The degree of liquidity in a country's financial system helps forecast exchange rate returns in the near- and long-term, according to the latest research by the Federal Reserve Bank of New York.
Foreign exchange rates have experienced large fluctuations during the current credit crisis, which makes anticipating currency swings all the more important to global investors.
The fluctuations in the size of financial intermediary balance sheets is the common thread that ties together exchange rate movements with shifts in risk premiums, Tobias Adrian, assistant vice president at the New York Fed, wrote in a paper, Global Liquidity and Exchange Rates, released last month. The paper is co-authored with Hyun Song Shin, professor of economics at Princeton University, Princeton, N.J., and Erkko Etula, a Ph.D. candidate at Harvard University, Cambridge, Mass.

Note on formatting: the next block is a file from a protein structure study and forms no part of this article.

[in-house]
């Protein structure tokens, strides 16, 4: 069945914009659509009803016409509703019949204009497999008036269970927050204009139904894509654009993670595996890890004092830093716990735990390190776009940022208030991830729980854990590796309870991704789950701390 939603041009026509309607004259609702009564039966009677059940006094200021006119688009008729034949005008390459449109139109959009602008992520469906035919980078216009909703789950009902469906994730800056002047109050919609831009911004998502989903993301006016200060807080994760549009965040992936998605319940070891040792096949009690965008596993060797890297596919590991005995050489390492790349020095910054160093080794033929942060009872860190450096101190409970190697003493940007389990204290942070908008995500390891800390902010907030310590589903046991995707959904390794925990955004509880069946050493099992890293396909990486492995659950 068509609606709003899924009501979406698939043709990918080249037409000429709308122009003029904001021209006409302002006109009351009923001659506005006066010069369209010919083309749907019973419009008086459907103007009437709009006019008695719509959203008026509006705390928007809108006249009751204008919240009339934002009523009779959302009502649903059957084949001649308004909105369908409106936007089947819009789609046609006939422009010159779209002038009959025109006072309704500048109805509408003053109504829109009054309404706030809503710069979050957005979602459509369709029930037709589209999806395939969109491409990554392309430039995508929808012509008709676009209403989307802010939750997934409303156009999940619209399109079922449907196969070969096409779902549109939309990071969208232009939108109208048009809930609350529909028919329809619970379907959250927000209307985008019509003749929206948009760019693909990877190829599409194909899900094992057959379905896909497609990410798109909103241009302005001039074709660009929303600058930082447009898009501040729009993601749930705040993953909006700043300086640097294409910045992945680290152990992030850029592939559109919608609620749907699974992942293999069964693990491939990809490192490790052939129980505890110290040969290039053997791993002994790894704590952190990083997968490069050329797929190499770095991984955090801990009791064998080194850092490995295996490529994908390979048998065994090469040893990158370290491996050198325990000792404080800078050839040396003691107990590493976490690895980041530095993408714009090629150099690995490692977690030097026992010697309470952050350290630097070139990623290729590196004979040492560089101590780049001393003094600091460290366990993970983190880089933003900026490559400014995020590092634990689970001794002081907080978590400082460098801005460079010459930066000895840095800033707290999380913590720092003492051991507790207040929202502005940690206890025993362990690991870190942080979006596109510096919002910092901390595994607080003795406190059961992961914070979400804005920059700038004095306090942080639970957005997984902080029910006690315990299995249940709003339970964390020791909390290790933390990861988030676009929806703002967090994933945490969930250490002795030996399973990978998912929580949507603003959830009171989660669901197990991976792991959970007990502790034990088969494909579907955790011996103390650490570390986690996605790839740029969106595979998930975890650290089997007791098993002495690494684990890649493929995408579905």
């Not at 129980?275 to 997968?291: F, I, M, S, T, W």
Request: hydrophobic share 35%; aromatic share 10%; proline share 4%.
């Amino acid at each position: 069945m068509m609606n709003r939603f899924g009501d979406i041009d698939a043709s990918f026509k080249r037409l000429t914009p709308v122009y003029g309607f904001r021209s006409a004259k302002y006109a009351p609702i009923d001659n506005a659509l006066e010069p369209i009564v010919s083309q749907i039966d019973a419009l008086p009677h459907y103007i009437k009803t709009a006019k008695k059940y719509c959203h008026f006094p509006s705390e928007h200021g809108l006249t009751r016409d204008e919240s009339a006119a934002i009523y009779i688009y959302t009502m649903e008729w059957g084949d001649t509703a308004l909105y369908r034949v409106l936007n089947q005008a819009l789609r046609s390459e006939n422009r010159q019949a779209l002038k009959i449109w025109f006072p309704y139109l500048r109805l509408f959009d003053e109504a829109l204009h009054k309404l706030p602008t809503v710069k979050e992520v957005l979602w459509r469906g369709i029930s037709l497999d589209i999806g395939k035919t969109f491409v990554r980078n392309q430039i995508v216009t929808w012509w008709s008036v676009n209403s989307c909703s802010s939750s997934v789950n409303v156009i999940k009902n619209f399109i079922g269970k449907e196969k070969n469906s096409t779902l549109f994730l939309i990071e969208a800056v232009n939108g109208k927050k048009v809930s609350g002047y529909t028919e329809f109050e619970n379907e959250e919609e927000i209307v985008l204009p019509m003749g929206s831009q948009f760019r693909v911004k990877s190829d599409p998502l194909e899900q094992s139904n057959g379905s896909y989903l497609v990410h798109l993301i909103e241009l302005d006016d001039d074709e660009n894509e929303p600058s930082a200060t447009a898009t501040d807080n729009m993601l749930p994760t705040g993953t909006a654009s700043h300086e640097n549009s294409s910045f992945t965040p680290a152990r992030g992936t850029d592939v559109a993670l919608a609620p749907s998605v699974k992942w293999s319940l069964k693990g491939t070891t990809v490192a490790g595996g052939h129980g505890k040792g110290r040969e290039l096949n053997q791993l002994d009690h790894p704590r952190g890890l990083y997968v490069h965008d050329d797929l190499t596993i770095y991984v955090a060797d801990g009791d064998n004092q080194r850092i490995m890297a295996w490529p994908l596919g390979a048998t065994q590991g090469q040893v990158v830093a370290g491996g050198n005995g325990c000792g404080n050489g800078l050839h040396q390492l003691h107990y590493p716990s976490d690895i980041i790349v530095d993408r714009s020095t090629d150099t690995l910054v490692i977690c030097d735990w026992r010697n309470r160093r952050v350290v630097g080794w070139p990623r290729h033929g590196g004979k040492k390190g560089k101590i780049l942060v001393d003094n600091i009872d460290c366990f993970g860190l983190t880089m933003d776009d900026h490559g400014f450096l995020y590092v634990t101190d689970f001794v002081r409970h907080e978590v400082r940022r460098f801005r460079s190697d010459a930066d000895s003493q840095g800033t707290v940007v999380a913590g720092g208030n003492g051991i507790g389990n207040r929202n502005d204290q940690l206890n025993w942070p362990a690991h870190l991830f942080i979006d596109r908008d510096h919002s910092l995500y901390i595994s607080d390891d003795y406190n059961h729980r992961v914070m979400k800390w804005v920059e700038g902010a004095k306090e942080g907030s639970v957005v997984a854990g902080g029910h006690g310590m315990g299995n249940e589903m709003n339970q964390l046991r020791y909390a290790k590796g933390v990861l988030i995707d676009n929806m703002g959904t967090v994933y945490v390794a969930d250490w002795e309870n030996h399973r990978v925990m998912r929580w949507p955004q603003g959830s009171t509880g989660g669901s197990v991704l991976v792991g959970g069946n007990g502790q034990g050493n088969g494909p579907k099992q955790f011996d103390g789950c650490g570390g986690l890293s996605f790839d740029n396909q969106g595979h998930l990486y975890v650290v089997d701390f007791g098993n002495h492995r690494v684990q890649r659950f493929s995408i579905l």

The economists noted that, before the current credit crunch, the global economy was often seen as awash with liquidity, meaning that the supply of credit was plentiful. Because this is no longer the case, financial institutions have a much more limited appetite for risk, which relies on the availability of funding.
Balance sheet aggregates for U.S. financial intermediaries have forecasting power for the future returns on the U.S. dollar across a wide cross-section of 23 currencies both for developed countries as well as for developing countries, the authors found.